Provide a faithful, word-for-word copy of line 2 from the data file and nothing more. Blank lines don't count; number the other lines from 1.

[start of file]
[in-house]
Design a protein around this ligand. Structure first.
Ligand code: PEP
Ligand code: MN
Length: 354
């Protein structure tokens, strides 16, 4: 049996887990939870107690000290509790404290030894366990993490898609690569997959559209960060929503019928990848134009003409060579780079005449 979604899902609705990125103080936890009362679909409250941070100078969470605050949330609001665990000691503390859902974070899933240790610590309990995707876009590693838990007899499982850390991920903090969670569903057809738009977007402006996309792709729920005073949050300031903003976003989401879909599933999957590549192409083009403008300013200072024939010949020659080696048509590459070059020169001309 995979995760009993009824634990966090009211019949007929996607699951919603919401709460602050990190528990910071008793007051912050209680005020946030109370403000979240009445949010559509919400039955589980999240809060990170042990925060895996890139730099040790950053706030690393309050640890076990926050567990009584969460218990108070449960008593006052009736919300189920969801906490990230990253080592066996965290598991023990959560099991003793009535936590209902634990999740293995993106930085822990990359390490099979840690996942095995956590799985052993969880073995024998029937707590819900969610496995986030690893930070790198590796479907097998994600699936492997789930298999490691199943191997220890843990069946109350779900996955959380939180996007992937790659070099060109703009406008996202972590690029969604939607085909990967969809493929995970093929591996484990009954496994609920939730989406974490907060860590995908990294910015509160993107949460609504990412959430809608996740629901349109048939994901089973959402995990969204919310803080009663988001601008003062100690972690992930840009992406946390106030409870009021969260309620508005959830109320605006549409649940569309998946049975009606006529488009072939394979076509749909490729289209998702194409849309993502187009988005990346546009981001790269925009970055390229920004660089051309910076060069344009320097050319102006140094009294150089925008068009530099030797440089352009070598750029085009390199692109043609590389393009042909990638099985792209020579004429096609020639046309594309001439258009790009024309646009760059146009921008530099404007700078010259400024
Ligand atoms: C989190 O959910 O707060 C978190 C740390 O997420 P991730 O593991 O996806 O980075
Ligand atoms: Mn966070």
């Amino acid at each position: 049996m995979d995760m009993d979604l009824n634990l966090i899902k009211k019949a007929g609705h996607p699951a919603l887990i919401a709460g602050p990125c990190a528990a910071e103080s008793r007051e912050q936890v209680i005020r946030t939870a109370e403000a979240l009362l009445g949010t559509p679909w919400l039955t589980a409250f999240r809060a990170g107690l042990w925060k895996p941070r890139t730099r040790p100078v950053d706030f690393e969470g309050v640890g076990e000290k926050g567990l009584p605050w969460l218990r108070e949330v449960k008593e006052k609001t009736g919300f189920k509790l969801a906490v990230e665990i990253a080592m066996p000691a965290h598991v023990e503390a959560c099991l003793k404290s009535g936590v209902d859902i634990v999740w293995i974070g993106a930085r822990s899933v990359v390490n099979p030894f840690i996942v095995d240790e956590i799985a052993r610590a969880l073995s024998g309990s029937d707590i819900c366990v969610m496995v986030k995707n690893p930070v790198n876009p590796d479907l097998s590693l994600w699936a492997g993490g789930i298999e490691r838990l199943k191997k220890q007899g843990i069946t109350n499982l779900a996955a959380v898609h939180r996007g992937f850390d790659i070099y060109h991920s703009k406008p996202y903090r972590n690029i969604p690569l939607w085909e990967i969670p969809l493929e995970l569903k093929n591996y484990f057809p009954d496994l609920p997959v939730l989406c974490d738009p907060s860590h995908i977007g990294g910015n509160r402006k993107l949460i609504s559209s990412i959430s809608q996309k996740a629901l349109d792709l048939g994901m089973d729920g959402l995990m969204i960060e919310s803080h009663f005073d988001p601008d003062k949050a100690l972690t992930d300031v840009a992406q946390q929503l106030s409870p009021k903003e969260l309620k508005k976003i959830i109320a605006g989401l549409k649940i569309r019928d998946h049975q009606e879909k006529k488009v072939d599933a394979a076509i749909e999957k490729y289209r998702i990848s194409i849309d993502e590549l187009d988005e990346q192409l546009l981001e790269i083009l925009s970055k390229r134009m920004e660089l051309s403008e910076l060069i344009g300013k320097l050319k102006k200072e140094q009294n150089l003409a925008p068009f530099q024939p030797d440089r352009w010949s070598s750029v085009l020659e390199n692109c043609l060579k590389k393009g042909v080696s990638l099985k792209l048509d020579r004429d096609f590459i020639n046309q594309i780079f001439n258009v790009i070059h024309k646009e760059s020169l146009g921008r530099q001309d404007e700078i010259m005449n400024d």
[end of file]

Design a protein around this ligand. Structure first.